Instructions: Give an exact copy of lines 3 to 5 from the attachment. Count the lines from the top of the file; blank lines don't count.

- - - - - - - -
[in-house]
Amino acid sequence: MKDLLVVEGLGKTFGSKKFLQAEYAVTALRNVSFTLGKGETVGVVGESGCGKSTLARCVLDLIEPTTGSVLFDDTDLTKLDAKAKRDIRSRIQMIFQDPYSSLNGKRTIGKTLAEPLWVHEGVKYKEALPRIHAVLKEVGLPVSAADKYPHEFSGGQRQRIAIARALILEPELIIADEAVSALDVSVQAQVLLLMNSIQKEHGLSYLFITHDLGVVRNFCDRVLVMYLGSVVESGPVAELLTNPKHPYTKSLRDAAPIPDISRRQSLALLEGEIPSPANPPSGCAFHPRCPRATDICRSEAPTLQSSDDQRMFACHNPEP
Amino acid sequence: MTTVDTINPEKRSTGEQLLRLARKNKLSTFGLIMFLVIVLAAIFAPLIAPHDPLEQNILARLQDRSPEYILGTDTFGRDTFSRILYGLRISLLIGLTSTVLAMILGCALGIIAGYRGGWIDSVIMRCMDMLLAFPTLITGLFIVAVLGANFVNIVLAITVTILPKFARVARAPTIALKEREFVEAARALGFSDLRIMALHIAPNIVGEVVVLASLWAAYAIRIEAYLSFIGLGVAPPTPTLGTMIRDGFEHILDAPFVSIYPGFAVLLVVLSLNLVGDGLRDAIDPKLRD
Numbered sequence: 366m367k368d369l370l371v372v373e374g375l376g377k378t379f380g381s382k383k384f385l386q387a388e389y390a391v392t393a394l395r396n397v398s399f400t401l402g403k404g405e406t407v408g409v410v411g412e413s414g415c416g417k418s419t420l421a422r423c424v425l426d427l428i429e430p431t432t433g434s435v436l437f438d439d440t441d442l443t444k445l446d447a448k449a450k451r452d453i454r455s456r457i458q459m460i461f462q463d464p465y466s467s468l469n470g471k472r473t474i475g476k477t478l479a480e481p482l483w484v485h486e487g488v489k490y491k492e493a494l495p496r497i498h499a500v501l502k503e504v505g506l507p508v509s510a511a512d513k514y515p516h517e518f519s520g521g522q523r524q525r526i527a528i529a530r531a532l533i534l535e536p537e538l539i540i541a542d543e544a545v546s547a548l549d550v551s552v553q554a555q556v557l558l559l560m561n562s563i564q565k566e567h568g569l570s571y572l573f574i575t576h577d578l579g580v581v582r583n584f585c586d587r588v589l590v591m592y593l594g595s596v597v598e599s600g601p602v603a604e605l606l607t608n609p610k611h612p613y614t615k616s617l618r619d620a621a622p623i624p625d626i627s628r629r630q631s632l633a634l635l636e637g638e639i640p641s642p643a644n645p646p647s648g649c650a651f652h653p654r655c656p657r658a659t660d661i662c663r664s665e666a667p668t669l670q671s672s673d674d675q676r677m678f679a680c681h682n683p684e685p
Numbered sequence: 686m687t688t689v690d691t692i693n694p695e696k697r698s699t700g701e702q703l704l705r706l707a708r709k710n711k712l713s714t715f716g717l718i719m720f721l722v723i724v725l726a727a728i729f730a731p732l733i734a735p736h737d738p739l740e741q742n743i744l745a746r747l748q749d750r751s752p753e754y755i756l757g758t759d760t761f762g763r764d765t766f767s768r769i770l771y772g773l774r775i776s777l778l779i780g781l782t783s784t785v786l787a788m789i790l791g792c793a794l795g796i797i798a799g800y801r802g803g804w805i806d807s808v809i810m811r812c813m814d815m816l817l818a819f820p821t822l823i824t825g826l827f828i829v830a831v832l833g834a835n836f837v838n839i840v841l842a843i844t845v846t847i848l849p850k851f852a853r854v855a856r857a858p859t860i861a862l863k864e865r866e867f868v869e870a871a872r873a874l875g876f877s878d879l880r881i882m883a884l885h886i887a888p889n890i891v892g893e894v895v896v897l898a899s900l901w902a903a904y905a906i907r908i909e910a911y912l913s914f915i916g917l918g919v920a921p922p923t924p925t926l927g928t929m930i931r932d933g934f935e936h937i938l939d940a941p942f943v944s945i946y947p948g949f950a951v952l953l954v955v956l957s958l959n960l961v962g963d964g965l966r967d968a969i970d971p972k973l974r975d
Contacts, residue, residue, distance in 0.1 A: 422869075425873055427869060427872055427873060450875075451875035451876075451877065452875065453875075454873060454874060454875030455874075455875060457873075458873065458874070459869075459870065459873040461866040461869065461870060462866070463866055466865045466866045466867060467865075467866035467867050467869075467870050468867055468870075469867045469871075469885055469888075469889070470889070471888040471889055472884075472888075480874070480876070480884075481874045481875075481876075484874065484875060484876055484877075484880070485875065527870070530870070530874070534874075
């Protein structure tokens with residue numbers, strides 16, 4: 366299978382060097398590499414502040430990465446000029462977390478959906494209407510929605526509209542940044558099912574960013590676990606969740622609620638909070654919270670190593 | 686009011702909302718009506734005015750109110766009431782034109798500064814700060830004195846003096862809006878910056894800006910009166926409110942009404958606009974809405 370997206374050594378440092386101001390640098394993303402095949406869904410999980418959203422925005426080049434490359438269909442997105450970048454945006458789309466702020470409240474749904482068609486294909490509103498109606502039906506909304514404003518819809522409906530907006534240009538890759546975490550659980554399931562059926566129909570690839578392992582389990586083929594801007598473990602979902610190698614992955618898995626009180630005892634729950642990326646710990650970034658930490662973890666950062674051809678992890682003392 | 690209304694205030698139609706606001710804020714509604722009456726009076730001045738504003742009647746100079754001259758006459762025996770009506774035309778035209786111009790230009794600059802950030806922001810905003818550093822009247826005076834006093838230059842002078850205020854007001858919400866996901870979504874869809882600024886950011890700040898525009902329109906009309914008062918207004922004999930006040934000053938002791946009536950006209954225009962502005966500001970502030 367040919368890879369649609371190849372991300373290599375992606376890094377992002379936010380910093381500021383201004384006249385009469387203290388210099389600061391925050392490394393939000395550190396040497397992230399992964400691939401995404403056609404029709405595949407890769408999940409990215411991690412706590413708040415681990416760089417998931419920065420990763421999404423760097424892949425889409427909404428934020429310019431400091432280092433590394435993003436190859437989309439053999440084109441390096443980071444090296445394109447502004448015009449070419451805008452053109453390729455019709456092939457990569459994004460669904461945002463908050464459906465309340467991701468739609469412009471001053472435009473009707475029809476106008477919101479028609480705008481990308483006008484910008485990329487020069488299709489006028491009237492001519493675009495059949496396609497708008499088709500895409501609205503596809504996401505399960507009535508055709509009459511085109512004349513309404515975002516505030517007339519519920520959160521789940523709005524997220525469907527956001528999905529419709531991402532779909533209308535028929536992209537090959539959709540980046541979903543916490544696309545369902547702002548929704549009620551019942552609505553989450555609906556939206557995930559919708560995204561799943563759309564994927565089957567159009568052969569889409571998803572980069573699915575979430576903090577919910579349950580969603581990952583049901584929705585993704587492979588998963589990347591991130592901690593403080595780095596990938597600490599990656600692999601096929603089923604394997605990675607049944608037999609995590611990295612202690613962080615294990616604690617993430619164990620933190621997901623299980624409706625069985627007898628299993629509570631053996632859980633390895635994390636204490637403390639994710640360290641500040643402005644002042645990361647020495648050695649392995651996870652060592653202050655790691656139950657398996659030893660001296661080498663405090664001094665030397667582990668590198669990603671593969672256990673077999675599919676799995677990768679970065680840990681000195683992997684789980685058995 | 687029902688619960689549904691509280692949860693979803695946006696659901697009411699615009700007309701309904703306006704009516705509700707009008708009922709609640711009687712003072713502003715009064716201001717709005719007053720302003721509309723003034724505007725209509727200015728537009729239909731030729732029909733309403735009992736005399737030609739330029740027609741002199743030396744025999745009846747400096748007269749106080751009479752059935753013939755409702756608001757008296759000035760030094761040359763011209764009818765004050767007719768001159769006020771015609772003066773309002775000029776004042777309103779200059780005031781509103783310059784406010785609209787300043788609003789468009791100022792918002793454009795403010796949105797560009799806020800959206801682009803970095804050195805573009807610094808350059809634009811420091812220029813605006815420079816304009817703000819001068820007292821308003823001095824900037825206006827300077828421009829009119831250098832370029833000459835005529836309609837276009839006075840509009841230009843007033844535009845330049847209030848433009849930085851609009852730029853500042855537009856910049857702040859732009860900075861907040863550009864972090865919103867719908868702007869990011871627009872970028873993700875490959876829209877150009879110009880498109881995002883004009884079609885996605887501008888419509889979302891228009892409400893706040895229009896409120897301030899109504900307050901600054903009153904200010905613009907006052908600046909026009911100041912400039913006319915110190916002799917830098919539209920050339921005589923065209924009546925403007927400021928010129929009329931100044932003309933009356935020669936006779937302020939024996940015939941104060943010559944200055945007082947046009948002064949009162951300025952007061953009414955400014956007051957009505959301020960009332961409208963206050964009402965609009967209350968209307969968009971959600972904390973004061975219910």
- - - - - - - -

Amino acid sequence: MTTVDTINPEKRSTGEQLLRLARKNKLSTFGLIMFLVIVLAAIFAPLIAPHDPLEQNILARLQDRSPEYILGTDTFGRDTFSRILYGLRISLLIGLTSTVLAMILGCALGIIAGYRGGWIDSVIMRCMDMLLAFPTLITGLFIVAVLGANFVNIVLAITVTILPKFARVARAPTIALKEREFVEAARALGFSDLRIMALHIAPNIVGEVVVLASLWAAYAIRIEAYLSFIGLGVAPPTPTLGTMIRDGFEHILDAPFVSIYPGFAVLLVVLSLNLVGDGLRDAIDPKLRD
Numbered sequence: 366m367k368d369l370l371v372v373e374g375l376g377k378t379f380g381s382k383k384f385l386q387a388e389y390a391v392t393a394l395r396n397v398s399f400t401l402g403k404g405e406t407v408g409v410v411g412e413s414g415c416g417k418s419t420l421a422r423c424v425l426d427l428i429e430p431t432t433g434s435v436l437f438d439d440t441d442l443t444k445l446d447a448k449a450k451r452d453i454r455s456r457i458q459m460i461f462q463d464p465y466s467s468l469n470g471k472r473t474i475g476k477t478l479a480e481p482l483w484v485h486e487g488v489k490y491k492e493a494l495p496r497i498h499a500v501l502k503e504v505g506l507p508v509s510a511a512d513k514y515p516h517e518f519s520g521g522q523r524q525r526i527a528i529a530r531a532l533i534l535e536p537e538l539i540i541a542d543e544a545v546s547a548l549d550v551s552v553q554a555q556v557l558l559l560m561n562s563i564q565k566e567h568g569l570s571y572l573f574i575t576h577d578l579g580v581v582r583n584f585c586d587r588v589l590v591m592y593l594g595s596v597v598e599s600g601p602v603a604e605l606l607t608n609p610k611h612p613y614t615k616s617l618r619d620a621a622p623i624p625d626i627s628r629r630q631s632l633a634l635l636e637g638e639i640p641s642p643a644n645p646p647s648g649c650a651f652h653p654r655c656p657r658a659t660d661i662c663r664s665e666a667p668t669l670q671s672s673d674d675q676r677m678f679a680c681h682n683p684e685p
Numbered sequence: 686m687t688t689v690d691t692i693n694p695e696k697r698s699t700g701e702q703l704l705r706l707a708r709k710n711k712l713s714t715f716g717l718i719m720f721l722v723i724v725l726a727a728i729f730a731p732l733i734a735p736h737d738p739l740e741q742n743i744l745a746r747l748q749d750r751s752p753e754y755i756l757g758t759d760t761f762g763r764d765t766f767s768r769i770l771y772g773l774r775i776s777l778l779i780g781l782t783s784t785v786l787a788m789i790l791g792c793a794l795g796i797i798a799g800y801r802g803g804w805i806d807s808v809i810m811r812c813m814d815m816l817l818a819f820p821t822l823i824t825g826l827f828i829v830a831v832l833g834a835n836f837v838n839i840v841l842a843i844t845v846t847i848l849p850k851f852a853r854v855a856r857a858p859t860i861a862l863k864e865r866e867f868v869e870a871a872r873a874l875g876f877s878d879l880r881i882m883a884l885h886i887a888p889n890i891v892g893e894v895v896v897l898a899s900l901w902a903a904y905a906i907r908i909e910a911y912l913s914f915i916g917l918g919v920a921p922p923t924p925t926l927g928t929m930i931r932d933g934f935e936h937i938l939d940a941p942f943v944s945i946y947p948g949f950a951v952l953l954v955v956l957s958l959n960l961v962g963d964g965l966r967d968a969i970d971p972k973l974r975d